You flip through your social media accounts for a few minutes. You know you’ll feel the urge to check them later, so you want to get that out of the way. After half an hour you put on a podcast for some background noise, open up the report document, and get started.
At least, you want to get started, but it’s difficult to focus. You write a few sentences, and then you pull out your phone again without even noticing you’ve done so, checking your social media accounts again, then your email. There aren’t any new messages. You check them all again. Then there is a new message! You respond to it, then get back to the report. It’s agonizingly difficult to focus on it. You go online to look for jobs that pay well but won’t require any extra qualifications. Maybe you should become a software developer? You read an article online recently about how much developers get paid. Software start-up offices have Ping-Pong tables, and you would love to play ping-pong at work …
PRACTICE GIVES YOU SKILLS
That was mindlessness at work: your mind constantly jumping to a different place and time, judging everything, reacting to those judgments, relying on anxiety about the past and the future to fuel all of your actions, bouncing from one crisis to the next. If you look at everything in that example leading up to the moment you wanted to start work on that report, it’s not at all surprising that focusing on work was difficult.
The practice of mindlessness, like any practice, has natural consequences: your brain gets better at it and wants to do it even more. Brains like to do the things they do repeatedly. It’s easy. It saves energy. After hours of priming your mind to not be present, it’s normal for it to continue functioning that way. How many hours over how many days have you committed to the practice of mindlessness?
If we spend all morning practicing distraction, it’s not a sign of illness if we then discover we can’t do the things we want to do when we want to do them. If you have trouble paying attention and your days are in any way similar to what I’ve described above, you don’t have an attention deficit disorder. Nor can you blame the internet or smartphones for being distracting. You have a brain. And your brain is a very good learner. It’s doing exactly what you have trained it to do.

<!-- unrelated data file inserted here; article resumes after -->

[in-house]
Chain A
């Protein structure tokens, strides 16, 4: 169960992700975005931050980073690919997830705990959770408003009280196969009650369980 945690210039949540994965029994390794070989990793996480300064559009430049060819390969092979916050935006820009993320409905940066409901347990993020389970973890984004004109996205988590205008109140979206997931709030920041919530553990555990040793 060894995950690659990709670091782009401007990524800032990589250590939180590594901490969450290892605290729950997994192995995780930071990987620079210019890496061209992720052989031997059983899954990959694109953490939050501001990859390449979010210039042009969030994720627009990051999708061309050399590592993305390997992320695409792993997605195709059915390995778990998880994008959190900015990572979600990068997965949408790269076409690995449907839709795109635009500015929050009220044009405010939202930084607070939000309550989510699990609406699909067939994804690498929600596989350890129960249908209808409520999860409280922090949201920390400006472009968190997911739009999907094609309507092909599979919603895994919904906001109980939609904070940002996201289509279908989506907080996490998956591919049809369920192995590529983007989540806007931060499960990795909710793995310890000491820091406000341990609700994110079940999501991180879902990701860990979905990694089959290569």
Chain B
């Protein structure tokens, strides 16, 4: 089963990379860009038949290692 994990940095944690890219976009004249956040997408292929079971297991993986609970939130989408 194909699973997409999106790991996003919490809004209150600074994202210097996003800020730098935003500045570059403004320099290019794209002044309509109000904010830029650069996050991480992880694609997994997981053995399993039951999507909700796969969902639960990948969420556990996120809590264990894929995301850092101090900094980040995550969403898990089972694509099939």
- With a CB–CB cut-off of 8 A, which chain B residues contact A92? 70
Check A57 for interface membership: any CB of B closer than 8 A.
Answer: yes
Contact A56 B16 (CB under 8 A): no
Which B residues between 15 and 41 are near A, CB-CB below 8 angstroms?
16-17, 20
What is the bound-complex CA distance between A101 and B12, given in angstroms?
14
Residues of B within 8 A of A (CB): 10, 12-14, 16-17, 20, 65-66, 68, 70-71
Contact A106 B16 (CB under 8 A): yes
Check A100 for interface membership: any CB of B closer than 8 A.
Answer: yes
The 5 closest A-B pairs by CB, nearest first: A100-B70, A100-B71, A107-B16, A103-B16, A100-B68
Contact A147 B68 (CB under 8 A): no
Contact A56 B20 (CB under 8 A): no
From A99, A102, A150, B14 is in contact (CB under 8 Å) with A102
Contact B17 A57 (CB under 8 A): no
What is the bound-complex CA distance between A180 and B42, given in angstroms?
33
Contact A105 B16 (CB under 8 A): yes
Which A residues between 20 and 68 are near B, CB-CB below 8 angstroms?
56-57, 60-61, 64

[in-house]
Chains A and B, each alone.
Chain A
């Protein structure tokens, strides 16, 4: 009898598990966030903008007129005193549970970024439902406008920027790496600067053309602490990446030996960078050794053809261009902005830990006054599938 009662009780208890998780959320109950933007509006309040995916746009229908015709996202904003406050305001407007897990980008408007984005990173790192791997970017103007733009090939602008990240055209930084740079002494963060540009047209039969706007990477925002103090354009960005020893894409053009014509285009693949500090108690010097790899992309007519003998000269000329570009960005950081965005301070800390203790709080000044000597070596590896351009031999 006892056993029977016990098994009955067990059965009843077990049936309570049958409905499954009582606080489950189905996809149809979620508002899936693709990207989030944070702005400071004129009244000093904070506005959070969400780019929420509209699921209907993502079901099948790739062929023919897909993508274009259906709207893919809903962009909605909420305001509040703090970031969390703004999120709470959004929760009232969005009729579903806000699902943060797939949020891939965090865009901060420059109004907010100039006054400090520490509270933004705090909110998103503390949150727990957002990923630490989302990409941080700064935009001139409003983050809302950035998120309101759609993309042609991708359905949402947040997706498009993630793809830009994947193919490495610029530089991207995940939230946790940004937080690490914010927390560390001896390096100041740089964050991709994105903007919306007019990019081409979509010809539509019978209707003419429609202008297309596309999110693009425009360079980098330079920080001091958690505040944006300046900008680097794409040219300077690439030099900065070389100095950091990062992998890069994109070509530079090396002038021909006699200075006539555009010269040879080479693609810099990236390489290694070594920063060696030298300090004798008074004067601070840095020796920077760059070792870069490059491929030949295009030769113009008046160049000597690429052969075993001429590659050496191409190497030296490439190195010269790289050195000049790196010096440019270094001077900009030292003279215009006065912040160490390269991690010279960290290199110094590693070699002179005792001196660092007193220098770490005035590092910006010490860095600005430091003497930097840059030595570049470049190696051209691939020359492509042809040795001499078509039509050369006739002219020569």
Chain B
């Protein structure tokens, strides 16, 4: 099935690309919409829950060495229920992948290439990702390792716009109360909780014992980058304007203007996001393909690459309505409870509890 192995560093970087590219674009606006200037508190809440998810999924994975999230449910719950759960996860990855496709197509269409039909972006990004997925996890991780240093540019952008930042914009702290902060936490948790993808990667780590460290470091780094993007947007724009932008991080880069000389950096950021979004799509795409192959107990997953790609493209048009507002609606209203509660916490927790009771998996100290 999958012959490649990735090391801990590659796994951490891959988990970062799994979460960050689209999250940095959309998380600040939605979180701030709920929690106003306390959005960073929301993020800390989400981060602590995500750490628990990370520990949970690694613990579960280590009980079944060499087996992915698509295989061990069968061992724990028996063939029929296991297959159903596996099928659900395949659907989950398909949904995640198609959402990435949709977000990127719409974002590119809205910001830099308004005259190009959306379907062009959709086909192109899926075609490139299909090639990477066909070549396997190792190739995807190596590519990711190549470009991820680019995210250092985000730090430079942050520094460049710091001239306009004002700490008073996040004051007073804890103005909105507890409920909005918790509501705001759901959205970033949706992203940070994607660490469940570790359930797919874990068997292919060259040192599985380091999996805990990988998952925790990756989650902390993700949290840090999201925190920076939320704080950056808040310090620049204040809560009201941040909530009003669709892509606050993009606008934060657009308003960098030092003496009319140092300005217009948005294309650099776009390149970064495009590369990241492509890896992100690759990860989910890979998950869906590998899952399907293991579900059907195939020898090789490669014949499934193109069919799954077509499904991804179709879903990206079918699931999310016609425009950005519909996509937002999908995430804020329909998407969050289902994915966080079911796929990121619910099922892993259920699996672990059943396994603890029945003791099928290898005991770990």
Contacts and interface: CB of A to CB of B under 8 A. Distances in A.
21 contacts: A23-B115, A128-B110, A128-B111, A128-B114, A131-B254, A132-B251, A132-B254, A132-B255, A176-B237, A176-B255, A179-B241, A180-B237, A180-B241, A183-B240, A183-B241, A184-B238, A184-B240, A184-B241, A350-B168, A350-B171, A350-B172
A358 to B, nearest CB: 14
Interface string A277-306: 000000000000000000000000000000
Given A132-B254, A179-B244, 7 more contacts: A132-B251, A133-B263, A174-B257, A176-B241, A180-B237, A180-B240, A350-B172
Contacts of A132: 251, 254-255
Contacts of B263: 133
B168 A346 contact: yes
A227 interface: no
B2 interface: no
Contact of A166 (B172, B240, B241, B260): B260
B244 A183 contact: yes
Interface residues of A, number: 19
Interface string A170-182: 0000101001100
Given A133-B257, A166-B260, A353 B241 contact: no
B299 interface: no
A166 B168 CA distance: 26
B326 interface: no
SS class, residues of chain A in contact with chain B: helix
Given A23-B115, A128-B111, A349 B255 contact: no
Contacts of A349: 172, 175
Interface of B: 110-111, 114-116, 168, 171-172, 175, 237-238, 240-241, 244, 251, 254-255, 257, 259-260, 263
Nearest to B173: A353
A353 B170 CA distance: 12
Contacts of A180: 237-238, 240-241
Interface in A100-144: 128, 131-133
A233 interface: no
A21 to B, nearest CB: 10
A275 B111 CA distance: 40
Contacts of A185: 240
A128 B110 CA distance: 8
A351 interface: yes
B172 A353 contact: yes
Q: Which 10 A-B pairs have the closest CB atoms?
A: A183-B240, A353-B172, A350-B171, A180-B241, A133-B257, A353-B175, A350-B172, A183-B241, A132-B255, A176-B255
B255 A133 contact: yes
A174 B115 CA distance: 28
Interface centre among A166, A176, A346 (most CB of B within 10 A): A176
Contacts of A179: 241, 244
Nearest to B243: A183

I spent years practicing mindlessness. I was very skilled at it. Being mindless became my default mode in every situation, every day. I came to rely on that practice as the only way I knew how to function. I thought that way of living and working was helping me, but it was a maladaptive skill. And as a result, I lost control of the monster I’d raised in my brain.
ALLOCATING BANDWIDTH FOR YOUR SEVEN SENSES
When we talk about extra senses, we’re usually talking about paranormal powers, but this isn’t about seeing ghosts or predicting the future. I assure you that this is grounded in a reality you’re experiencing. Learning how to meditate and practice mindfulness in my daily life has helped me to recognize that I have seven senses. I experience the sight, sound, touch, smell, taste, thought, and emotion.
You sense your thoughts and emotions. They are not you. You experience them in the same way you experience a shout in the street, the sting of a wasp, a summer sunset, the reek of decay, or the most delicious dessert melting on your tongue.
When we approach thoughts and emotions as senses, as experiences we can be aware of, it opens up the opportunity to move awareness around them. This is an especially useful skill to cultivate if you obsessively focus on thoughts spinning in your head or if you’re overwhelmed by emotions.
You can probably remember an occasion when you were reading intently and didn’t hear somebody call your name, or you were so engrossed in a movie that you forgot about the pain that kept you home from school that day. Or maybe you’ve noticed that staying constantly busy around other people seems to shut out all of the intrusive thoughts that bother you when you’re alone. That’s selective attention.
We can’t process all of the information coming to us from our senses at any given moment. Our awareness has a fixed amount of bandwidth for our senses. If we allocate all of the bandwidth to one or two senses, there’s no space for the others.
You can experiment with this right now. Notice what your butt is in contact with. Be aware of that physical contact with whatever you’re sitting or lying on right now. Or if you’re standing crammed on public transport right now, notice the part of your body touching the person next to you.
Awareness of that physical contact probably wasn’t there a moment ago. You were reading or listening. Your awareness was concentrated on sight and thought. But the physical contact was still there. You simply weren’t allocating any of your awareness bandwidth to that experience.